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Last updateThu, 30 Jun 2016 6pm

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Fugitive Emissions—Issues and Opportunities

Fugitive Emissions—Issues and Opportunities

Fugitive emissions, ppm, consent decrees...

Problem-Driven Innovation

Problem-Driven Innovation

Developing Alternative Technology to Imp...

Valve Repair Takes Center Stage in Houston

Valve Repair Takes Center Stage in Houston

Attendees gathered June 2-3 in Houston t...

What Internal Best Practices Can Do for Valve Selection

What Internal Best Practices Can Do for Valve Selection

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Industry Headlines

Watson Valve Upgrades Oxygen Clean Room

Thursday, 30 June 2016  |  Chris Guy

In an effort to ensure proper cleaning procedures are performed on valves intended for oxygen service, Watson Valve Services has upgraded its existing...

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Industry Headlines

Watson Valve Upgrades Oxygen Clean Room

13 HOURS AGO

In an effort to ensure proper cleaning procedures are performed on valves intended for oxygen service, Watson Valve Services has upgraded its existing clean room within its manufacturing plant in Houston. Watson Valve Services’ clean room is operated by trained technicians, and is constructed wi...

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Emerson Selected to Upgrade SE Virginia Wastewater Utility

1 DAY AGO

Emerson Process Management is replacing an outdated supervisory control and data acquisition (SCADA) system as well as remote terminal units (RTUs) used throughout Hampton Roads Sanitation District’s (HRSD) wastewater collection system. Currently, HRSD serves about 1.7 million people over an are...

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U.S. Natural Gas Making Up for Coal Plant Closures

16 HOURS AGO

"Five years ago, opponents of newly proposed clean-air rules sounded dire warnings of blackouts and surging electricity prices if coal-burning plants were shuttered,"  Bloomberg  reports .

"Instead of rising, the price of electricity in the nation’s largest grid is now 40% lower than it ...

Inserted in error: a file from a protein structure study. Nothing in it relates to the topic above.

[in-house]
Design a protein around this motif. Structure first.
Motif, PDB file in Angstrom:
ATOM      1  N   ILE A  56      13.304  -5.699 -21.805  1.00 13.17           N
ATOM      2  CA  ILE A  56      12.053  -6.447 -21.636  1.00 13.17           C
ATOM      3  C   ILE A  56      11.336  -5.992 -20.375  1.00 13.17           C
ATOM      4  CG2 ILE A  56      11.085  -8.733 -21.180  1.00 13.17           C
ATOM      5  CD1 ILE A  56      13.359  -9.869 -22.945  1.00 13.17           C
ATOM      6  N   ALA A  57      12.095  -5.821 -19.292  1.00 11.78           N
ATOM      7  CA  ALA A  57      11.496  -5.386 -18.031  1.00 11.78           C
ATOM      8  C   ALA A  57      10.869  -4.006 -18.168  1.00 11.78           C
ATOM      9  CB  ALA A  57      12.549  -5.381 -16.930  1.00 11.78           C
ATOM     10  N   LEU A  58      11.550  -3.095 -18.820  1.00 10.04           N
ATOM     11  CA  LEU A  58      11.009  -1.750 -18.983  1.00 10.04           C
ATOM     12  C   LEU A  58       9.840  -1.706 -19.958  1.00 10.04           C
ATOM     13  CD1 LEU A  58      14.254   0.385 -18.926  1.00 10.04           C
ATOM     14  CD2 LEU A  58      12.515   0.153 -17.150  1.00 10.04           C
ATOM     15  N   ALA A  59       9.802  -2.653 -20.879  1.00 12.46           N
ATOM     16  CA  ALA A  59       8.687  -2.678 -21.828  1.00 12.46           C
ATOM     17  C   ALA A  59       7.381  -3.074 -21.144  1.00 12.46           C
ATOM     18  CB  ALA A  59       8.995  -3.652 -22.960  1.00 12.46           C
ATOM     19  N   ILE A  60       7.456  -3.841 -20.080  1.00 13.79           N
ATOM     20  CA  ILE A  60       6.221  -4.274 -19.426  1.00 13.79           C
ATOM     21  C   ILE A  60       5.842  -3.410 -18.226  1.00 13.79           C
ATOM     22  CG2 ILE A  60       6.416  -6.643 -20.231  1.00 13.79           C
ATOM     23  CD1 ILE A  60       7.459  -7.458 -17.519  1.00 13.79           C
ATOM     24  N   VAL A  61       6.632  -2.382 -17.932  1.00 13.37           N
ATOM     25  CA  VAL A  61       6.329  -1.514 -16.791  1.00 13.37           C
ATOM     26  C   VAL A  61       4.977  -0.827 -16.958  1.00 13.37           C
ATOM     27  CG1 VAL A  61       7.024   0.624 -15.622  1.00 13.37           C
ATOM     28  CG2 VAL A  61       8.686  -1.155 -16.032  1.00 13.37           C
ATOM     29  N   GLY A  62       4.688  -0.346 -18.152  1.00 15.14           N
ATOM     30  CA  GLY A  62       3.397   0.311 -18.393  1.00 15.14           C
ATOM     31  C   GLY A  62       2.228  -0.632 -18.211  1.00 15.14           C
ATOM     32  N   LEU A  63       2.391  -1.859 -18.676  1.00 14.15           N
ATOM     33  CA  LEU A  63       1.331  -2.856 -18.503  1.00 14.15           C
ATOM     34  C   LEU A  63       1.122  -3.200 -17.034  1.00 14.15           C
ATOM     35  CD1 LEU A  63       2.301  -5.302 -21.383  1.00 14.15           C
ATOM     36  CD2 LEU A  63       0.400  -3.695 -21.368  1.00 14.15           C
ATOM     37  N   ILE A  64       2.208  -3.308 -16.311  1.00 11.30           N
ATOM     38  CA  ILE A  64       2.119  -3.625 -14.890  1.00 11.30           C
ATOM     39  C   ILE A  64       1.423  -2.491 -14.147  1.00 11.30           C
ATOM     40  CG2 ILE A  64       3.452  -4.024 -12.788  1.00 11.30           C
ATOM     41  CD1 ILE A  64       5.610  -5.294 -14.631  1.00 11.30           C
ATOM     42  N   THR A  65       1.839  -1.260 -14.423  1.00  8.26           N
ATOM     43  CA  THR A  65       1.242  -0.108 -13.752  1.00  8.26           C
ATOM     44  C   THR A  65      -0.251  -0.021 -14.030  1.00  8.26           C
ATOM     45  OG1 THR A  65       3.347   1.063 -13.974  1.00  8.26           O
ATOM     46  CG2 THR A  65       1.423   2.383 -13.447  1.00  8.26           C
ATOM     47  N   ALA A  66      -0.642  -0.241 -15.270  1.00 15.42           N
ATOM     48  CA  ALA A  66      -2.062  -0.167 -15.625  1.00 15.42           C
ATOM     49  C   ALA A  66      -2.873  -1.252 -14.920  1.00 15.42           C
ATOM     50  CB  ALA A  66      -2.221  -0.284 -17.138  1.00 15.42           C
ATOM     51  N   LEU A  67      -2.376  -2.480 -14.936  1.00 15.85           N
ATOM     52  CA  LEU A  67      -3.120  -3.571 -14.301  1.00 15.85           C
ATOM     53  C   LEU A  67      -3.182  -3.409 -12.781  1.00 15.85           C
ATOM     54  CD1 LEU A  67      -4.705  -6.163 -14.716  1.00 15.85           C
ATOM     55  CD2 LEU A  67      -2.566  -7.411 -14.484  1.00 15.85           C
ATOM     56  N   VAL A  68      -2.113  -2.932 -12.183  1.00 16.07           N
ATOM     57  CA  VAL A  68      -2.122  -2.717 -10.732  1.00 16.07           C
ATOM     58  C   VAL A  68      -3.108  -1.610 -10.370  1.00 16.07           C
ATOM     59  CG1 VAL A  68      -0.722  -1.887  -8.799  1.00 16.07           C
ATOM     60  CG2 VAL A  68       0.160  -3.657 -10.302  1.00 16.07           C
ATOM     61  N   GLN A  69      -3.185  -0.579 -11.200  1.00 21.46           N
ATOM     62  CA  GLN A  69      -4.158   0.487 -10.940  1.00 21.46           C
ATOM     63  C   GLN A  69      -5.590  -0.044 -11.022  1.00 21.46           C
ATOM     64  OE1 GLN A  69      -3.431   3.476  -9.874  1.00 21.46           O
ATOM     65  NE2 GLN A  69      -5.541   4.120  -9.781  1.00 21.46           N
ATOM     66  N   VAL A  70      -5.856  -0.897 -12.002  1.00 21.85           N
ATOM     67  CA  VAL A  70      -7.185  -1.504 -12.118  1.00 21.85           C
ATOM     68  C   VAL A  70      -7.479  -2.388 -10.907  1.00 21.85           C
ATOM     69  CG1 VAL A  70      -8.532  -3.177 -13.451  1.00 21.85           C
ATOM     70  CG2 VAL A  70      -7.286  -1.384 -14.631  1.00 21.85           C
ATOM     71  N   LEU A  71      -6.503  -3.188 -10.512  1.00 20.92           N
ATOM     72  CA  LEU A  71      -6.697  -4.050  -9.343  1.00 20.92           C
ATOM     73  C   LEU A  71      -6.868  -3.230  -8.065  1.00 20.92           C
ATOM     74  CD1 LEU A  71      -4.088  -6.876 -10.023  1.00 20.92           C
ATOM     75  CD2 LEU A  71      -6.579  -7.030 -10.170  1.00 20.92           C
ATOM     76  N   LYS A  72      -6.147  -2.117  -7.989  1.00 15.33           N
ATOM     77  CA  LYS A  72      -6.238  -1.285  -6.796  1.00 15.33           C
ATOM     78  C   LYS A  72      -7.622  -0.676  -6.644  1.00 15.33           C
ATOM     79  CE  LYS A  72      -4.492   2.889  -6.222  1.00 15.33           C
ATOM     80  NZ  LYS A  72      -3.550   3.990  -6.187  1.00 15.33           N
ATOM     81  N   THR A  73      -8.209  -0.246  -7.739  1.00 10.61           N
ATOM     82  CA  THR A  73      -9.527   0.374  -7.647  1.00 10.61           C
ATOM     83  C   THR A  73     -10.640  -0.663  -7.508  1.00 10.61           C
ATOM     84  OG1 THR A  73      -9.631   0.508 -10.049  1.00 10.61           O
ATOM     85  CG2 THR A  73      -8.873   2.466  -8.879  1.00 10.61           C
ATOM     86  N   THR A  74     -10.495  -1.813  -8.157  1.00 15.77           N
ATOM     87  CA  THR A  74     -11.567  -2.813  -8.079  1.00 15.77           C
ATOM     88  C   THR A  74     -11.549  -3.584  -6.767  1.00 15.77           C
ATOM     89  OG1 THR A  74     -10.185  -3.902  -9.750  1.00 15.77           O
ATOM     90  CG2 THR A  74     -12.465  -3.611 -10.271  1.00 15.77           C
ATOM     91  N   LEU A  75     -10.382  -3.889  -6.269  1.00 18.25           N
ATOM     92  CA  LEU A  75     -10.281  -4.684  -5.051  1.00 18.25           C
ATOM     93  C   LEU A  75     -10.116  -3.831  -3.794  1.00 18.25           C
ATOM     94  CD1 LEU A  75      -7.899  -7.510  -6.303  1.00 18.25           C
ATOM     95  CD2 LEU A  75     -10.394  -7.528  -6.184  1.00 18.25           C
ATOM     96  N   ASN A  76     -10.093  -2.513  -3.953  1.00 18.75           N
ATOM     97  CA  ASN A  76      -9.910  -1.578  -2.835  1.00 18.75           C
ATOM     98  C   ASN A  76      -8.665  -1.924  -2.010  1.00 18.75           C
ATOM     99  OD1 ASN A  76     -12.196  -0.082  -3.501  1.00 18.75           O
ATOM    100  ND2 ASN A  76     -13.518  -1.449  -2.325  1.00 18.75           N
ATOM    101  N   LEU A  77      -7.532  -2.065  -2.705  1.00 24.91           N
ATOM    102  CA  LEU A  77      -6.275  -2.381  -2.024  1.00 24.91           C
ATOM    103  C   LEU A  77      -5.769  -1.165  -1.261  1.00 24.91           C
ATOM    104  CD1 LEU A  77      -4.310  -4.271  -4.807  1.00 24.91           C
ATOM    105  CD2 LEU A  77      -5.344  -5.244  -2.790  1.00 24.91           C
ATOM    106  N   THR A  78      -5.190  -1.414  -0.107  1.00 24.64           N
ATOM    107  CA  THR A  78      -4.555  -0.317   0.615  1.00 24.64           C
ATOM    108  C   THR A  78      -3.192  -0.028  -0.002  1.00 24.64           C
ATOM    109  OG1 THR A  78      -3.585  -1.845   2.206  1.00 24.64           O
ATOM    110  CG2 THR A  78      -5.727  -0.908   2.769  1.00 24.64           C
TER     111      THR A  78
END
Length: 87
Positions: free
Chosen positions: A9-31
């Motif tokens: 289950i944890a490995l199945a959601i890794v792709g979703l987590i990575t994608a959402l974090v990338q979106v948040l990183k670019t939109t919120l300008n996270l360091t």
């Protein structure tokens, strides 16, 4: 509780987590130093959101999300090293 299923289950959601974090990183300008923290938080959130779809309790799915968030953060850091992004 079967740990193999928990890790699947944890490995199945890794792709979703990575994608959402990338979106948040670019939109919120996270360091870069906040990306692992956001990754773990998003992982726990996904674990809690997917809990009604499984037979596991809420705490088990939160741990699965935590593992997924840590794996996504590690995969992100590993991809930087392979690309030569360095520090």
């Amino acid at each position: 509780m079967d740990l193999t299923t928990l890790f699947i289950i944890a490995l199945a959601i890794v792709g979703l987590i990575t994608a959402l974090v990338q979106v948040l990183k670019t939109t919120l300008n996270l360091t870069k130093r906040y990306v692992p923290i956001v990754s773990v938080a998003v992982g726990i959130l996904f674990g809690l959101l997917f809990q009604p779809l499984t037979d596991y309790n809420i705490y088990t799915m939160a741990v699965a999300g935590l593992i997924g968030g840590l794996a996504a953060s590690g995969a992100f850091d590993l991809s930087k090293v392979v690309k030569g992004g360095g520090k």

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U.S. Crude Storage Capacity Utilization Rises Even as Capacity Grows

1 DAY AGO

Weekly U.S. commercial crude oil inventories have increased by more than 71 million barrels (15%) since the end of September, pushing crude oil storage capacity utilization to a near record high of 73% for the week ending June 10.

The U.S. Energy Information Administration (EIA) measures crude oil stor...

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Trump Comes Out Against Trade, Draws Pushback

1 DAY AGO

GOP presidential candidate Donald Trump, speaking Tuesday near Pittsburgh, expressed fierce opposition to free-trade agreements and criticized Hillary Clinton for supporting them. Trump blamed Clinton and her husband for the loss of millions of manufacturing jobs and threatened to pull the U.S. out ...

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Consumer Confidence Climbs to 8-Month High

2 DAYS AGO

The Conference Board Consumer Confidence Index, which had decreased in May, improved in June. The Index now stands at 98.0 , up from 92.4 in May. Those stating business conditions are “good” increased slightly from 26.1% to 26.9%, while those saying business conditions are “bad&rdquo...

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Which Valve for Nitric Acid Service?

materials_q_and_a_graphicQ: I requested CF8 valves but the supplier is offering CF8M valves at less cost. However, I am not sure this alternative is a good choice for my nitric acid service. Are my concerns warranted?